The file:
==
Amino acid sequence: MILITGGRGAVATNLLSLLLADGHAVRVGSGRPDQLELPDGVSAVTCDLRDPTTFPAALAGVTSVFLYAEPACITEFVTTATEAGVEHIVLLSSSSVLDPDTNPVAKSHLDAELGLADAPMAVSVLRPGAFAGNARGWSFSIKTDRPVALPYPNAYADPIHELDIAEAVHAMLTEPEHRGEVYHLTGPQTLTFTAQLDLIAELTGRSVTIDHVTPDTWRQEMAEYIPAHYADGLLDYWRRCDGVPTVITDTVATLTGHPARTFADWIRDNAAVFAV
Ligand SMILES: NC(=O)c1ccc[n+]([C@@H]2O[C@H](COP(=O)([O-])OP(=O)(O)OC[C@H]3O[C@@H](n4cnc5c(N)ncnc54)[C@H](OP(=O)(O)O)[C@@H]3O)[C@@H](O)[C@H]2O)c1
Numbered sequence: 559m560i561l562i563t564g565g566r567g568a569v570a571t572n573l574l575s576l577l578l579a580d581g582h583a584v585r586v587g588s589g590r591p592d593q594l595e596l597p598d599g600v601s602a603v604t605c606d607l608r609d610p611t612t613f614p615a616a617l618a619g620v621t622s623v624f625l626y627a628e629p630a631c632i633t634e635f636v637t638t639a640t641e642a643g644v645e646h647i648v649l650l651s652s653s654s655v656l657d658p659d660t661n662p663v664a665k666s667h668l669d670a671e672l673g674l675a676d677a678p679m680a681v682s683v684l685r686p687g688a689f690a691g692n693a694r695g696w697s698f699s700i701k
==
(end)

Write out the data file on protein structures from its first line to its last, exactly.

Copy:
Amino acid sequence: MILITGGRGAVATNLLSLLLADGHAVRVGSGRPDQLELPDGVSAVTCDLRDPTTFPAALAGVTSVFLYAEPACITEFVTTATEAGVEHIVLLSSSSVLDPDTNPVAKSHLDAELGLADAPMAVSVLRPGAFAGNARGWSFSIKTDRPVALPYPNAYADPIHELDIAEAVHAMLTEPEHRGEVYHLTGPQTLTFTAQLDLIAELTGRSVTIDHVTPDTWRQEMAEYIPAHYADGLLDYWRRCDGVPTVITDTVATLTGHPARTFADWIRDNAAVFAV
Ligand SMILES: NC(=O)c1ccc[n+]([C@@H]2O[C@H](COP(=O)([O-])OP(=O)(O)OC[C@H]3O[C@@H](n4cnc5c(N)ncnc54)[C@H](OP(=O)(O)O)[C@@H]3O)[C@@H](O)[C@H]2O)c1
Numbered sequence: 559m560i561l562i563t564g565g566r567g568a569v570a571t572n573l574l575s576l577l578l579a580d581g582h583a584v585r586v587g588s589g590r591p592d593q594l595e596l597p598d599g600v601s602a603v604t605c606d607l608r609d610p611t612t613f614p615a616a617l618a619g620v621t622s623v624f625l626y627a628e629p630a631c632i633t634e635f636v637t638t639a640t641e642a643g644v645e646h647i648v649l650l651s652s653s654s655v656l657d658p659d660t661n662p663v664a665k666s667h668l669d670a671e672l673g674l675a676d677a678p679m680a681v682s683v684l685r686p687g688a689f690a691g692n693a694r695g696w697s698f699s700i701k